Some people abhor broccoli, complaining about its intensely bitter taste. Others (myself included) find broccoli's flavor interesting and pleasing—decidedly, not bitter. What leads to our differing culinary opinions is the possession of, or lack of, (in my case, evidently) genes conferring a super sensitivity to bitter taste. Science has recognized such genetic differences for at least a decade.
A new study conducted with twins now demonstrates that people can similarly inherit a high or low sensitivity to sour tastes. However, the data also show that the same doesn't hold for sensing saltiness. Although people have a broad range of salt sensitivity, much of the difference between individuals traces not to genetics but to environmental influences—both to whether mom ate a lot of salt during pregnancy and to what cuisine a person was subsequently raised on (see Born to Love Salt).
More than a century ago, scientists identified taste buds as the centers of cellular-scale taste reception, but there's "still a tremendous amount to learn about taste," notes Paul A.S. Breslin of the Monell Chemical Senses Center in Philadelphia. In particular, he notes, there are huge gaps in scientists' understanding of how cells in taste buds distinguish flavors: sweet, salty, bitter, sour, and savory (also known as umami). Among these sensations, "the two we know the least about are sourness and saltiness," Breslin says.
To probe potential genetic influences on individuals' thresholds for detecting sourness and saltiness, Breslin's team recruited 109 pairs of twins attending either the 2003 or 2004 Twins Days Festival in Twinsburg, Ohio. Each pair—including 74 sets of identical twins—had grown up together.
Because the twins shared the same home environments, the researchers could largely rule out differences in influences before birth, childhood diets, and culture. Identical twins also share almost the same genetic inheritance. Fraternal, or nonidentical, twins have only about a 50 percent overlap in genes, the researchers note. Indeed, Paul M. Wise, who led the study, points out that fraternal twins are no more genetically similar than any other pair of siblings.
Consequently, if similar taste thresholds showed up dramatically more often in identical twins than in fraternal twins, a person's perception of that flavor could probably be traced to genetics. However, if similar thresholds were just as likely to occur in identical- and fraternal-twin pairs, the effect more likely could be laid to the pair's common environmental influences.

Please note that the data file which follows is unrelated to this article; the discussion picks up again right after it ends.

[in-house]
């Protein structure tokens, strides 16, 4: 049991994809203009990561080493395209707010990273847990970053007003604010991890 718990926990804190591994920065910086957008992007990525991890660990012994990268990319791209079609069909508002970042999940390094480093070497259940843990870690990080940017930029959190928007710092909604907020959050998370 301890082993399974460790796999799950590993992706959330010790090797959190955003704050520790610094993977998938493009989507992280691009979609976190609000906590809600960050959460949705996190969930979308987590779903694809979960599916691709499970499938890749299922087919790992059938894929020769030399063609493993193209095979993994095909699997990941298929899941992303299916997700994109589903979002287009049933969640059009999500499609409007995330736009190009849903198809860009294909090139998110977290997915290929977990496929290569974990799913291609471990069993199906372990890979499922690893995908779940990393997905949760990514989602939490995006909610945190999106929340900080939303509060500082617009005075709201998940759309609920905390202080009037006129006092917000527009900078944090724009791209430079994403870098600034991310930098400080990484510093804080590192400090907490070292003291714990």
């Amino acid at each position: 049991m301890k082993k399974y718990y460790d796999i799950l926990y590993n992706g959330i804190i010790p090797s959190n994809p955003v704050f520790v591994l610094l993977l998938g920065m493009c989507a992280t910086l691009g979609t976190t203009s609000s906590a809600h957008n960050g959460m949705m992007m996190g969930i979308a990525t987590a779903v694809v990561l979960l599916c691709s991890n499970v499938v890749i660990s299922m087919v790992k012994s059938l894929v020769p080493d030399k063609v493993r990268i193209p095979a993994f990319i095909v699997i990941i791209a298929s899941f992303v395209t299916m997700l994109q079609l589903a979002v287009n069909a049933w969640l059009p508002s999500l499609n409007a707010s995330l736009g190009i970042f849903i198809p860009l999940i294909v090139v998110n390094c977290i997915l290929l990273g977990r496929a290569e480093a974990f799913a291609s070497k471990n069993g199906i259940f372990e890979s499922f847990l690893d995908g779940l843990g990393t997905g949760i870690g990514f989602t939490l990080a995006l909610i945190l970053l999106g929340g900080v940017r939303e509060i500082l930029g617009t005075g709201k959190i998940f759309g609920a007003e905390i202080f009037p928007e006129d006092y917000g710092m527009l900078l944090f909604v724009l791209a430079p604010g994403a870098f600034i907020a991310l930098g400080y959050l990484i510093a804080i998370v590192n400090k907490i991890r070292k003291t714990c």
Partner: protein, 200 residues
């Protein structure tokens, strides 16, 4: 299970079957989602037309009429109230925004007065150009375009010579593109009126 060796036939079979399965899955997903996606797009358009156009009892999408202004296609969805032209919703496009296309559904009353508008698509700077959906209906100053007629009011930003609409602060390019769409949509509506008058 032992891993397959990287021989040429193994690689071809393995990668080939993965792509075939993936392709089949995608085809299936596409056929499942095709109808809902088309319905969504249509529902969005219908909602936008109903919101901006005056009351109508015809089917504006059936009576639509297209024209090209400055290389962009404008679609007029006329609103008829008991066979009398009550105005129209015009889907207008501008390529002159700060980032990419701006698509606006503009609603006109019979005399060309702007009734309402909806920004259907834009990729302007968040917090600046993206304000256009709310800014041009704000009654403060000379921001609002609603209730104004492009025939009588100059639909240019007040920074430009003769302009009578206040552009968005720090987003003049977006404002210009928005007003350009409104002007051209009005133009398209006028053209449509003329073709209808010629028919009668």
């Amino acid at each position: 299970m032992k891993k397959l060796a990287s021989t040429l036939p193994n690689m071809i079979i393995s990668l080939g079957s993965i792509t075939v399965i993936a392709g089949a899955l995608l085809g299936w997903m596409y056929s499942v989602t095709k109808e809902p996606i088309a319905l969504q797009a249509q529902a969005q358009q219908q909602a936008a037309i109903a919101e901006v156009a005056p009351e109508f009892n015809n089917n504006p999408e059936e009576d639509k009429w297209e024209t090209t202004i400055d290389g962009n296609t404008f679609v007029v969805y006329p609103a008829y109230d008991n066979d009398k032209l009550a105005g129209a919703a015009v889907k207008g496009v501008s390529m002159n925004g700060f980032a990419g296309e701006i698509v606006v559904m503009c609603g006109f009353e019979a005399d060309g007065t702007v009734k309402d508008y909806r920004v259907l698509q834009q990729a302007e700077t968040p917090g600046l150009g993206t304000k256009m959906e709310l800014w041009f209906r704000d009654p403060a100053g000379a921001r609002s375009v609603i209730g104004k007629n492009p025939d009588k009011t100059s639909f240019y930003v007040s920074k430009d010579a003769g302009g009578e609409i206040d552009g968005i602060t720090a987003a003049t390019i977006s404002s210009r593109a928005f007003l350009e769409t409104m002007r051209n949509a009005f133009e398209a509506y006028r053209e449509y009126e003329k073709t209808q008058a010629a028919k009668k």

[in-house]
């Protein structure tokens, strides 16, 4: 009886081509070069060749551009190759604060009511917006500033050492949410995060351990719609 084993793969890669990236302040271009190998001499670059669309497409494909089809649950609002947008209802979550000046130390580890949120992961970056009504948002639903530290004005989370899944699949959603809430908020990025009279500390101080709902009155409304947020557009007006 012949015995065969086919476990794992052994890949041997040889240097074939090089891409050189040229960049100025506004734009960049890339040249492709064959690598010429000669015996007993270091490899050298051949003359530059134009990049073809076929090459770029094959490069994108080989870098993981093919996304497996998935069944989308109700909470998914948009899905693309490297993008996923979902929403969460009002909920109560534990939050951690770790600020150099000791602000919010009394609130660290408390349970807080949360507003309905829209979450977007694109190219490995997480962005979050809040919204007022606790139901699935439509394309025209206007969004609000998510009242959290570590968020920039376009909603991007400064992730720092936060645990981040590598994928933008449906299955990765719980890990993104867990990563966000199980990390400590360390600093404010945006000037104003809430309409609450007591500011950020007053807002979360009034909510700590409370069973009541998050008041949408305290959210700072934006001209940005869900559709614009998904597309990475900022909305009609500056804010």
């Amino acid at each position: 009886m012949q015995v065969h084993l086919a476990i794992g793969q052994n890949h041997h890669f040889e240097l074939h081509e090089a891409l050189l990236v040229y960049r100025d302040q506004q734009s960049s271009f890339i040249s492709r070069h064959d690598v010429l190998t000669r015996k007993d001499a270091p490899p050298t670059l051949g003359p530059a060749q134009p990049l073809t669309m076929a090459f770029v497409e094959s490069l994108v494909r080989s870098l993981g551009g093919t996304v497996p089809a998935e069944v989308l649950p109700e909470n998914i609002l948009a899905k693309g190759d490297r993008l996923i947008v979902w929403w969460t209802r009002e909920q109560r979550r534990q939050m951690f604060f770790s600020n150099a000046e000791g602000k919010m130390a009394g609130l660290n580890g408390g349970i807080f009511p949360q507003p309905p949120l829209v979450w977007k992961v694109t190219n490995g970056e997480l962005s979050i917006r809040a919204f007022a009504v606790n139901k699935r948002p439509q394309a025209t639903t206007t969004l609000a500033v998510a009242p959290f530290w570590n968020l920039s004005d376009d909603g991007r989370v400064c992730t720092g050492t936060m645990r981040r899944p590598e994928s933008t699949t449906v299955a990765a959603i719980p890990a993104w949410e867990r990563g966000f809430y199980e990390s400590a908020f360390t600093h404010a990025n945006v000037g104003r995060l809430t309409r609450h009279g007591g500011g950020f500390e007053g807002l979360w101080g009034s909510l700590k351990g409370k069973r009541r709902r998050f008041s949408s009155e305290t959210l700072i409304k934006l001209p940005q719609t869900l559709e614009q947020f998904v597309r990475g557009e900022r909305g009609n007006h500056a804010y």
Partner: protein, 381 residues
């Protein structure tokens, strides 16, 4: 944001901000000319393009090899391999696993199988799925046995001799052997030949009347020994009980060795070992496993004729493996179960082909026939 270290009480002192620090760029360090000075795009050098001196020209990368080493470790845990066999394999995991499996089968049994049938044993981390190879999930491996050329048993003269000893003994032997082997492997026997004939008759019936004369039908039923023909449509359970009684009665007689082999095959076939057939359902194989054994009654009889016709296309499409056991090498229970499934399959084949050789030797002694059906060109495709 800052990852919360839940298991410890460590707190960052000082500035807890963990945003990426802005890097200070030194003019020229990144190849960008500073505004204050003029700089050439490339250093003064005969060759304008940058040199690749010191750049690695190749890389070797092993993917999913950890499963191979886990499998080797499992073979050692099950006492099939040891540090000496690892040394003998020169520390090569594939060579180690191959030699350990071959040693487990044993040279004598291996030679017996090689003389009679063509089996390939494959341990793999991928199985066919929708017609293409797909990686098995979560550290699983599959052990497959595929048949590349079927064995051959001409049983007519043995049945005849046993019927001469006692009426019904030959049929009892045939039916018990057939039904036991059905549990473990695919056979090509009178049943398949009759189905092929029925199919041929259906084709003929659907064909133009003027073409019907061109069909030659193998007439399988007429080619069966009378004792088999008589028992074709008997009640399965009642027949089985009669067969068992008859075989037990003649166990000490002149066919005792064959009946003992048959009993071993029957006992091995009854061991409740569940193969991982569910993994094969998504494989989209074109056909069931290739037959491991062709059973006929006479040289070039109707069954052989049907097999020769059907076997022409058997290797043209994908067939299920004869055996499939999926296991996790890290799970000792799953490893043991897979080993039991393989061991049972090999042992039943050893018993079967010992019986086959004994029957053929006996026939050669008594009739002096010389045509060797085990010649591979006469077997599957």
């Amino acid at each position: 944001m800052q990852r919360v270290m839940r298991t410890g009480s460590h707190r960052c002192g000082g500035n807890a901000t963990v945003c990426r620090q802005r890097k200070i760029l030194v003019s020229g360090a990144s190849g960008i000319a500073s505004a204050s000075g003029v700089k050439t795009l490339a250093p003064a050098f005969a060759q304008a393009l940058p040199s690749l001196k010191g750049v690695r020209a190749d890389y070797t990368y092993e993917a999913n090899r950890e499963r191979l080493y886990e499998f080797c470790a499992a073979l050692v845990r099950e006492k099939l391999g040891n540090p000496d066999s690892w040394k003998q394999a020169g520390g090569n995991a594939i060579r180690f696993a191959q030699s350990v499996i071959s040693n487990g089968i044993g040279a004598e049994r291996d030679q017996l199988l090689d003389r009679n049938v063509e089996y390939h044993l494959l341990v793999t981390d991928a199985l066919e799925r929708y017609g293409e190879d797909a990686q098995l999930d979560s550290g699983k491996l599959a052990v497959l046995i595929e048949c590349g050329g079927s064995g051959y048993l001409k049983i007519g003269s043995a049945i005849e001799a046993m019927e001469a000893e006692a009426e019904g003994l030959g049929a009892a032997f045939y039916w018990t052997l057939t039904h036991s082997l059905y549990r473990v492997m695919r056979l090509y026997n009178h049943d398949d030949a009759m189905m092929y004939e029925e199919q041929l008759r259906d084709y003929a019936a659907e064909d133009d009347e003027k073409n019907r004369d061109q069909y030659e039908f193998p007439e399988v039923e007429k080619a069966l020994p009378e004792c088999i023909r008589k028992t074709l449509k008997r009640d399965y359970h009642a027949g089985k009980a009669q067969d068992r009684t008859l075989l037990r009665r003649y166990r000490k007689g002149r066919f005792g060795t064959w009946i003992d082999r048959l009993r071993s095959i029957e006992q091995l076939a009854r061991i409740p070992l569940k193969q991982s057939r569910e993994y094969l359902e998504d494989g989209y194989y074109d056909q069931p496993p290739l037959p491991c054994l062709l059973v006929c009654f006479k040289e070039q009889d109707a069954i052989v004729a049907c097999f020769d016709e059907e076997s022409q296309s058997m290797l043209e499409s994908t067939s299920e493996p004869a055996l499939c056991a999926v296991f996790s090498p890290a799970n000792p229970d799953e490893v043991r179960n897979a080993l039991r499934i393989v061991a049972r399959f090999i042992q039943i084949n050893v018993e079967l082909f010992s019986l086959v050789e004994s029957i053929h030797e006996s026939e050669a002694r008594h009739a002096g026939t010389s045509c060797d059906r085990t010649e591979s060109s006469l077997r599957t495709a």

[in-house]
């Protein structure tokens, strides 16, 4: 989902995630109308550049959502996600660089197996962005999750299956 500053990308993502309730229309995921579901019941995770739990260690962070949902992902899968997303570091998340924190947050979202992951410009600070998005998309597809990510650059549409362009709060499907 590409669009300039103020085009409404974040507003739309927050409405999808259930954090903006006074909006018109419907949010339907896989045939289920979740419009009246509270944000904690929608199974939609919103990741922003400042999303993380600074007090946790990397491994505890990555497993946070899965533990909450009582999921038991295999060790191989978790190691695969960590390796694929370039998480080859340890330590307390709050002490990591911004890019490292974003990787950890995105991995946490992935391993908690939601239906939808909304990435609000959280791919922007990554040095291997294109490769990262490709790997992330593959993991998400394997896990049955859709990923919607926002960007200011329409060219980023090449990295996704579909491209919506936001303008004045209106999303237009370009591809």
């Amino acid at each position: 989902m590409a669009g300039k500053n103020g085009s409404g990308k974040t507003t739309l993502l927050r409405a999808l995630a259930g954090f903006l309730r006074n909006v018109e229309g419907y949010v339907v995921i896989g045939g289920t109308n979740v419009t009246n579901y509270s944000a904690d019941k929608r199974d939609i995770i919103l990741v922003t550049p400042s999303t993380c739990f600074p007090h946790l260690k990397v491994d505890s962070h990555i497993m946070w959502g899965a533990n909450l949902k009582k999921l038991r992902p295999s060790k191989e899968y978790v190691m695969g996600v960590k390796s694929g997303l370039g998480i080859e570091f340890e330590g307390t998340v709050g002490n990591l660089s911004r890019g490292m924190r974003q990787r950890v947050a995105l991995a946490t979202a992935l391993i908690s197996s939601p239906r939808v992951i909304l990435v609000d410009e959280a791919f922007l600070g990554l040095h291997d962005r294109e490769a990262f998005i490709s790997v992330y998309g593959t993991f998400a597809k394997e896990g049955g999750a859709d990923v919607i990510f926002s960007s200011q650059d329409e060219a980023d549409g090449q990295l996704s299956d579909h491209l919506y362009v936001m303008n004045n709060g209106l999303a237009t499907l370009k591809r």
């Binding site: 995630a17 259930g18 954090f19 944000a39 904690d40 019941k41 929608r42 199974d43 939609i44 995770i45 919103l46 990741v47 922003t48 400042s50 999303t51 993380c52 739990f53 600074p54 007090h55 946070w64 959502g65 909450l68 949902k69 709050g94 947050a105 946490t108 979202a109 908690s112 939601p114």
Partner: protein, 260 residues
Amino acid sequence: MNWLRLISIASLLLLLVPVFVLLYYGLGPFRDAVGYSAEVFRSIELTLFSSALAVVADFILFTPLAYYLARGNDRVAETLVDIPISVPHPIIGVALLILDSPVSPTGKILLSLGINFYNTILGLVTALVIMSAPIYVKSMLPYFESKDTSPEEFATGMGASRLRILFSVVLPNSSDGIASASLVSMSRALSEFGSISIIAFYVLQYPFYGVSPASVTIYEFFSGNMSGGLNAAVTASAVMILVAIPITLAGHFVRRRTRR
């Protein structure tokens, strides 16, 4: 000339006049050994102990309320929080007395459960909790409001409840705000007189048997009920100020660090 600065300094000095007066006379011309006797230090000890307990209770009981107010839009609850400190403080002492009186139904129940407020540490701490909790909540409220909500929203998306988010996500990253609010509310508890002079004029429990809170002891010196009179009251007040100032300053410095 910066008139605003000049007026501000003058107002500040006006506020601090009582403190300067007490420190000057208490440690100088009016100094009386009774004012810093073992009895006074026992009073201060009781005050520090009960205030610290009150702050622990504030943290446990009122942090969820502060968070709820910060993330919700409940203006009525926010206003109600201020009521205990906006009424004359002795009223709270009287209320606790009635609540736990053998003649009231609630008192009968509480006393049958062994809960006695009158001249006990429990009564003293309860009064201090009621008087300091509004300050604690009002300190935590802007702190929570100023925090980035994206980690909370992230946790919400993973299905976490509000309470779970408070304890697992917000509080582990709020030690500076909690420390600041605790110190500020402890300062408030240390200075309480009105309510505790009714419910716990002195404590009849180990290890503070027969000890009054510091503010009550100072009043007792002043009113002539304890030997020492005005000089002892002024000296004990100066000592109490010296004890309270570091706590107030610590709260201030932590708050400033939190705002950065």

In a report published online for an upcoming issue of Chemical Senses, the Monell scientists describe examples of each situation. In general, Wise's group reports, identical twins were far more likely to share a threshold for sour sensitivity than were fraternal twins. Both groups, however, proved about equally likely to share a similar taste threshold-sensitivity for salt.
What's that taste?
Recruits to the study ranged in age from 14 to 72 years old. Members of each pair were deliberately seated away from each other as they began taking part in a series of taste tests.
Tiny cups contained water with increasingly higher concentrations of either table salt or citric acid, the source of a lemon's sour taste. The volunteers slowly downed each drink in succession, stopping when they encountered something tasting different than plain water.
The participants weren't told what flavor to expect. Once a person tasted something, he or she had to say whether the drink tasted somewhat sweet, sour, salty, or bitter.
The taste thresholds varied dramatically among the participants, Wise notes. There was more than a 1,000-fold difference in detection limits for volunteers who were most sensitive versus those least sensitive to sour tastes. More than a 100-fold difference separated individuals who were most and least sensitive to salty tastes.
In general, however, identical twins were far more likely to share a sour-taste threshold than fraternal twins were. In fact, genetic factors appeared to account for slightly more than 50 percent of the difference between twins, the Monell group calculates. Its analyses attribute roughly 20 percent of individuals' differences in salt-taste sensitivity to environmental influences.
Besides environment and genetics, what else may be contributing to taste-threshold differences? Unique influences from health and other factors can affect a single member of a twin pair, Wise explains, however, the design of this study didn't allow his team to explore such influences.
The findings appear consistent with what I've witnessed at the family dinner table. Although my husband selects dry—even slightly acidic—wines, his twin sister will reach only for syrupy sweet ones. Their musical preferences are equally divergent. Do you suppose one might have gotten the opera gene, while the other received DNA that fosters a preference for Streisand and Sinatra?
Paul Breslin and Paul M. Wise
Monell Chemical Senses Center
3500 Market Street
Philadelphia, PA 19104
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